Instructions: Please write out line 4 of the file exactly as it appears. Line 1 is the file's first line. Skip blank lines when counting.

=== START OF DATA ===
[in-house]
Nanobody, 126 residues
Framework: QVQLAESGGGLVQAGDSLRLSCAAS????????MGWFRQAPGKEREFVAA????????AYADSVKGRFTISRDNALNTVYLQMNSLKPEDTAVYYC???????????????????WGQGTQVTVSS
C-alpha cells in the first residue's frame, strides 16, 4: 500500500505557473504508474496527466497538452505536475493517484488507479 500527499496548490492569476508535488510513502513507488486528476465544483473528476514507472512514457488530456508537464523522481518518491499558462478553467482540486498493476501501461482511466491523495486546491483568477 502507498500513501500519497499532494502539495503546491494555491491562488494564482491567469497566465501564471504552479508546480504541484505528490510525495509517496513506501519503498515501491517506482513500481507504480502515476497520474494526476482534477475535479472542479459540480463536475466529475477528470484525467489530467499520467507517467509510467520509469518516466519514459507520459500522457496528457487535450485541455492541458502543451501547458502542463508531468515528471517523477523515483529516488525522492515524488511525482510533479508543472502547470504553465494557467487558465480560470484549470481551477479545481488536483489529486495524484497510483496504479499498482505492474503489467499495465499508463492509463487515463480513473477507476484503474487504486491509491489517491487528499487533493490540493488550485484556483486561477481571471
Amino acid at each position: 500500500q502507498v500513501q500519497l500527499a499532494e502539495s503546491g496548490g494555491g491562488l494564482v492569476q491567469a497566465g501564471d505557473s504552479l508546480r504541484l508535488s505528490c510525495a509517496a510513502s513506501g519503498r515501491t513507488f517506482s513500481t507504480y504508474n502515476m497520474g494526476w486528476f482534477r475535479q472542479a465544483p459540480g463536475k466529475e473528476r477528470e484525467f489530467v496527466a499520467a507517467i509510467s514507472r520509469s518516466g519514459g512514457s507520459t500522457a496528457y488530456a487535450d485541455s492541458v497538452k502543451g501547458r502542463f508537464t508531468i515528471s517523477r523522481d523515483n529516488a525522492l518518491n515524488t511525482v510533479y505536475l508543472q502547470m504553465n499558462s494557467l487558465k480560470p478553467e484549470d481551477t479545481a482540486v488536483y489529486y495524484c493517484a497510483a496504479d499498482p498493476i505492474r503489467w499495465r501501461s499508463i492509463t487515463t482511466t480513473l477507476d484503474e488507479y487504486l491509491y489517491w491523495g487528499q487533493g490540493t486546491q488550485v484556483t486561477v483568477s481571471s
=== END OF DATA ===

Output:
C-alpha cells in the first residue's frame, strides 16, 4: 500500500505557473504508474496527466497538452505536475493517484488507479 500527499496548490492569476508535488510513502513507488486528476465544483473528476514507472512514457488530456508537464523522481518518491499558462478553467482540486498493476501501461482511466491523495486546491483568477 502507498500513501500519497499532494502539495503546491494555491491562488494564482491567469497566465501564471504552479508546480504541484505528490510525495509517496513506501519503498515501491517506482513500481507504480502515476497520474494526476482534477475535479472542479459540480463536475466529475477528470484525467489530467499520467507517467509510467520509469518516466519514459507520459500522457496528457487535450485541455492541458502543451501547458502542463508531468515528471517523477523515483529516488525522492515524488511525482510533479508543472502547470504553465494557467487558465480560470484549470481551477479545481488536483489529486495524484497510483496504479499498482505492474503489467499495465499508463492509463487515463480513473477507476484503474487504486491509491489517491487528499487533493490540493488550485484556483486561477481571471